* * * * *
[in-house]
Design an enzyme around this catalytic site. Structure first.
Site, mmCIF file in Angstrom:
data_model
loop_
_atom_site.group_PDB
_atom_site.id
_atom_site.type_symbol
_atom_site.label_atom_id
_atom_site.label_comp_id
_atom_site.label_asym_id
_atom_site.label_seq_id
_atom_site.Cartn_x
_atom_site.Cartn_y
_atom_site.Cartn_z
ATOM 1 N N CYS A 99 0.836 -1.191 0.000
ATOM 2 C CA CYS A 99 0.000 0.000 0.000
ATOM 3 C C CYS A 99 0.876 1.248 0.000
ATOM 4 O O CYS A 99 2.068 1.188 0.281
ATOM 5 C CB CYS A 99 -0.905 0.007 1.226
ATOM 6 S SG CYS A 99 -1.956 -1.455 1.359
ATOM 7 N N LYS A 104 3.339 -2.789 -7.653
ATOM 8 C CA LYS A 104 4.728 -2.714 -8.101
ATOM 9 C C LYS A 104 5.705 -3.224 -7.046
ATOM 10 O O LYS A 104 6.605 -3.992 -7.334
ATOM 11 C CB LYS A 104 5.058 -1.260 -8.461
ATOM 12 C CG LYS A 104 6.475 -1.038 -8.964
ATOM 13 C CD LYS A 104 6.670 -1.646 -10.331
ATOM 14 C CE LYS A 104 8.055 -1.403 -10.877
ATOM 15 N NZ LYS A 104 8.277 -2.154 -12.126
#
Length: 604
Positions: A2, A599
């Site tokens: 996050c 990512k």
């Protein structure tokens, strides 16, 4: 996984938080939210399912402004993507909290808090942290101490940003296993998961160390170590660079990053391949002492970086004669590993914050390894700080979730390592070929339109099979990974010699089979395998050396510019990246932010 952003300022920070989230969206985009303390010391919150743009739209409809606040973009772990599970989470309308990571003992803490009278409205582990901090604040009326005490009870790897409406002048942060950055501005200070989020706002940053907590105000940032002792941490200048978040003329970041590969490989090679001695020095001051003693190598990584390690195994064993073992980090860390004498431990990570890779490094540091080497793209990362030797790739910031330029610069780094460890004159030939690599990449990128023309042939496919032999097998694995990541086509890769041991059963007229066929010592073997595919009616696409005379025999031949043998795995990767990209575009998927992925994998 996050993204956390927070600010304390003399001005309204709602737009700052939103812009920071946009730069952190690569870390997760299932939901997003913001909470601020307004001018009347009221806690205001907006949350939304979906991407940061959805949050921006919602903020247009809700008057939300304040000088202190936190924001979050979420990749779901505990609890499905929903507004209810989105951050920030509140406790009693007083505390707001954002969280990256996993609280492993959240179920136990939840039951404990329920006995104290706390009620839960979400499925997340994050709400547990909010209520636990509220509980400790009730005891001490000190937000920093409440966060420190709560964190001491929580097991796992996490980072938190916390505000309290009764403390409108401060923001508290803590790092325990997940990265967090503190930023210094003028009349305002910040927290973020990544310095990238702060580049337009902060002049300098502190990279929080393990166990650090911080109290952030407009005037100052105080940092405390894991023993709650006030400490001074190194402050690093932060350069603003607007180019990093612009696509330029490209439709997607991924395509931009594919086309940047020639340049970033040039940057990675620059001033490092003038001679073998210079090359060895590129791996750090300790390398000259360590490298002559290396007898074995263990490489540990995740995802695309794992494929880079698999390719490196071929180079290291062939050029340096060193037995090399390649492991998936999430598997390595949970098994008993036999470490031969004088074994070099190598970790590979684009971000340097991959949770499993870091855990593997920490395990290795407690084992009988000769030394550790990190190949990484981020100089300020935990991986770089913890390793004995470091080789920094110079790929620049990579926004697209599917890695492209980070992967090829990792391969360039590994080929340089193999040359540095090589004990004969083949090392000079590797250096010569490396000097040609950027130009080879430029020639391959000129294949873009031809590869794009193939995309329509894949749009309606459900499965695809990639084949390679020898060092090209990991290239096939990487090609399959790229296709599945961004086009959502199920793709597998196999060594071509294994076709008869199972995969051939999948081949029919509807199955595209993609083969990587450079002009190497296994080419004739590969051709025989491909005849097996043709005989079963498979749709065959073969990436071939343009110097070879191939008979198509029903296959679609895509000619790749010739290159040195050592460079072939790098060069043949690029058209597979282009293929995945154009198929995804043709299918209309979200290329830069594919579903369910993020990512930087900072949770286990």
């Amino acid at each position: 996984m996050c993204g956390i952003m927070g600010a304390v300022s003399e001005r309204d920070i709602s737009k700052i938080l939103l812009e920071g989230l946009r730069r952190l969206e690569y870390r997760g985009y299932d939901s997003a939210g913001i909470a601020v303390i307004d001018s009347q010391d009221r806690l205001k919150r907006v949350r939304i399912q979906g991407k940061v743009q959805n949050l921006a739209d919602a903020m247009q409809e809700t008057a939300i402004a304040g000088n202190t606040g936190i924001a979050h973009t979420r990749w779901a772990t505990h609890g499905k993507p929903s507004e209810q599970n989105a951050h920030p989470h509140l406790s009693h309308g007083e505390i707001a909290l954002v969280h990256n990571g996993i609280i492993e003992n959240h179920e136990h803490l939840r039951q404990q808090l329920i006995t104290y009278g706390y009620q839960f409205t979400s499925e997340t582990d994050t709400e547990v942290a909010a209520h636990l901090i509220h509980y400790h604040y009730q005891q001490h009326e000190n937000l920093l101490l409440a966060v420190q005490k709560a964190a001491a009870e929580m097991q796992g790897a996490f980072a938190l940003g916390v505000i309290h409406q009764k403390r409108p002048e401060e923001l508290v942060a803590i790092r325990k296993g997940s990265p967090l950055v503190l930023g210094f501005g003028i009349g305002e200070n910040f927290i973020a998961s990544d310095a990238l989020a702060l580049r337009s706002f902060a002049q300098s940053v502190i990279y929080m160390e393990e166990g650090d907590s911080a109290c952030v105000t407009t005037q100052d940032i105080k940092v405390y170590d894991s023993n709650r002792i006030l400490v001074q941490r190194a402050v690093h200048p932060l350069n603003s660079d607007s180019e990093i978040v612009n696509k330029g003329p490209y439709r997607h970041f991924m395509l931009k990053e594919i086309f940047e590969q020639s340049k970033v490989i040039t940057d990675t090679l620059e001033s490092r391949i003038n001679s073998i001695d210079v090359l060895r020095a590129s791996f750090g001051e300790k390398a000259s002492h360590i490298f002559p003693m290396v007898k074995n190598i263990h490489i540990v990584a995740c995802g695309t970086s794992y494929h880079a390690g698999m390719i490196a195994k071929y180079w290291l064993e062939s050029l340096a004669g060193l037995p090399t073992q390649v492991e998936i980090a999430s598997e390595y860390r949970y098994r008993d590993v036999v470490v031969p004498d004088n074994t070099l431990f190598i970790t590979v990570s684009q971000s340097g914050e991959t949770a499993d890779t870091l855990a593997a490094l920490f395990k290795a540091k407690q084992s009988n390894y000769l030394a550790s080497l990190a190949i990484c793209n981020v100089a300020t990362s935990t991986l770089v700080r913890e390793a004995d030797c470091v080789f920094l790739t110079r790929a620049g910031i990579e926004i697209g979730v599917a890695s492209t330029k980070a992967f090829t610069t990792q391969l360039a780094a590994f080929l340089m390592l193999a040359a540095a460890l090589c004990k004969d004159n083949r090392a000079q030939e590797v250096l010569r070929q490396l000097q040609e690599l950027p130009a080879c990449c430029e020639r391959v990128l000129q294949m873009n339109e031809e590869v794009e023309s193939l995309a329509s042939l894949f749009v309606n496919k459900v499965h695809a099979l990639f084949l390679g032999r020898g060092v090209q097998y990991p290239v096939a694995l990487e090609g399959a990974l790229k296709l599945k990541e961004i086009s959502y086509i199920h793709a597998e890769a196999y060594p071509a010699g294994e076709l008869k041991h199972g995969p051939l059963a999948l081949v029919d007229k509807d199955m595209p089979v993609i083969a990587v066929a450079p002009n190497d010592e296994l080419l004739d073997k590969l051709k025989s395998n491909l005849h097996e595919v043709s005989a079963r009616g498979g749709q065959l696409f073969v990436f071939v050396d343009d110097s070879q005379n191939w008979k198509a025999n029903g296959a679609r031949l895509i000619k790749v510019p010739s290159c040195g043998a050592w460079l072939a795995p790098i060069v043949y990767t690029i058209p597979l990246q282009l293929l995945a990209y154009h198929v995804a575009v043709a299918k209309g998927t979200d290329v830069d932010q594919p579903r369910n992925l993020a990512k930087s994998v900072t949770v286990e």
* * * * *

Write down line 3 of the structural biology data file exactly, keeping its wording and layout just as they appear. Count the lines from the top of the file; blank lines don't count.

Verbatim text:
Site, mmCIF file in Angstrom: